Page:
Some studies suggest that women are more likely than men to experience mixed mania, a state in which both depressive and manic symptoms are present simultaneously.

Rapid Cycling

Women are nearly twice as likely as men to experience rapid cycling, which means that they have four or more mood episodes per year. This augmented intensity of instability and frequency of mood switching can be deeply distressing, complicate treatment, and is associated with higher suicide rates. Some evidence suggests that the rapidity of cycling may be due in part to the fact that women are more likely to be prescribed antidepressants due to their more prevalent and severe depressive symptoms. Unfortunately, people who experience rapid cycling are at higher risk for treatment resistance, complicating the treatment process.

Seasonal Effects

Women are more likely than men to have seasonal features to their bipolar disorder. More specifically, women are more likely to have depressive episodes in the fall and winter than in the spring and summer.


Sleep disturbances appear to be more likely to cause mood disturbances in women than men, and sleep patterns and quality seem to also be impacted by sex differences. The exact reasons for these differences are unknown, but it is clear that it is particularly important to identify and prevent disrupted sleep in women in order to help stabilize mood.

Hormonal Effects

Hormones are known to have a significant impact on mental health and this may be particularly true in bipolar disorder. The cyclical fluctuations women experience throughout their menstrual and reproductive cycles have been found to impact the severity of bipolar symptoms. As Sonia Parial writes, “Bipolar mood disorder may worsen during certain phases of the female reproductive cycle, particularly postpartum, but also during the premenstrual phase of menstrual cycle, peri-menopause, and menopause.” In particular, many women experience premenstrual depression and up to 70% of women with bipolar disorder report “premenstrual exacerbation of their symptoms.” These mood disturbances may constitute premenstrual dysphoric disorder, which is traditionally treated with antidepressants when there is no co-occurring bipolar disorder. However, antidepressant treatment may trigger mood switching and have questionable efficacy in people with bipolar disorder, which means that such treatment is not advisable in these cases. Additionally, hormonal birth control may impact bipolar symptoms.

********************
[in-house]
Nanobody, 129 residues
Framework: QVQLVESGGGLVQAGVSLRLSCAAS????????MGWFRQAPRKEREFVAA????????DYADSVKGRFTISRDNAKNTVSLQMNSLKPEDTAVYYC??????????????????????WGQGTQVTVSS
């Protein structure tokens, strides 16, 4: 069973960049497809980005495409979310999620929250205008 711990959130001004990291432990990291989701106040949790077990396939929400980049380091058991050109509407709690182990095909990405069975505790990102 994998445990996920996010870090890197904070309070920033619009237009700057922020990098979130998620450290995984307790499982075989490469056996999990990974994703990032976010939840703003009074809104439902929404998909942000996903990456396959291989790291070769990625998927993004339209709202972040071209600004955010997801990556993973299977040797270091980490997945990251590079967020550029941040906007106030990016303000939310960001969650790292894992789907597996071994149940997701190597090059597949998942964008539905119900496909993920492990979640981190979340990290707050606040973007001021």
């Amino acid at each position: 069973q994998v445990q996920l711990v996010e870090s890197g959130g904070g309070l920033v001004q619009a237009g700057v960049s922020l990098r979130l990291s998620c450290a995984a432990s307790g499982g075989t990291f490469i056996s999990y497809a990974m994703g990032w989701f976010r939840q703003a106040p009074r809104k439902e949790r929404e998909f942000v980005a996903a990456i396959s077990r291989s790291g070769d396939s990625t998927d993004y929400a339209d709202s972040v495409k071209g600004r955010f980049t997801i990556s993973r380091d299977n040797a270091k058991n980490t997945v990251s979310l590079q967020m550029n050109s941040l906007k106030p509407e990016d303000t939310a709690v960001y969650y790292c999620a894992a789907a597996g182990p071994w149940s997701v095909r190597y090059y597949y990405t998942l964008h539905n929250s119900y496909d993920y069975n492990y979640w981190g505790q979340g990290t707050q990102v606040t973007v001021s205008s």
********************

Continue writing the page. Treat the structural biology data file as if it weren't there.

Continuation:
Pregnancy also presents unique risks for women with bipolar disorder. Not only must bipolar symptoms be safely managed during pregnancy, potentially requiring significant treatment changes, the hormonal shifts during and after pregnancy can trigger both onset and relapse of bipolar disorder. The postpartum period may be a particularly vulnerable time, with a full 36% of bipolar women reporting onset and up to 40% reporting relapse in the six weeks following birth. Postpartum psychosis is also a significant risk and observed in up to 30% of women with bipolar disorder. Experiencing postpartum psychosis increases the risk of “recurrent affective episodes.”

Menopause and age-related loss of estrogen can also have serious implications for bipolar disorder in women. Perimenopausal and postmenopausal women often experience an intensification of mood symptoms, particularly depression. This is especially true in women who are not using hormone replacement therapy. Additionally, thyroid dysfunction can have a significant impact on bipolar disorder and women are much more likely than men to experience thyroid conditions. Elevated thyroid levels are associated with mixed episodes while subclinical hypothyroidism is associated with rapid cycling.


People with bipolar disorder often experience co-occurring conditions that may affect and are affected by bipolar disorder itself. In women, anxiety, eating disorders, post-traumatic stress disorder (PTSD), and borderline personality disorder are more common than in men. Meanwhile, men are believed to be more likely to have a co-occurring substance use disorder. However, one study by the Stanley Foundation Bipolar Network found that women are more likely than men to experience a co-occurring alcohol use disorder. Overall, women with bipolar disorder are significantly more likely than women in the general population to abuse substances, despite their overall level not reaching that of men with the same disorder.

Sexual Violence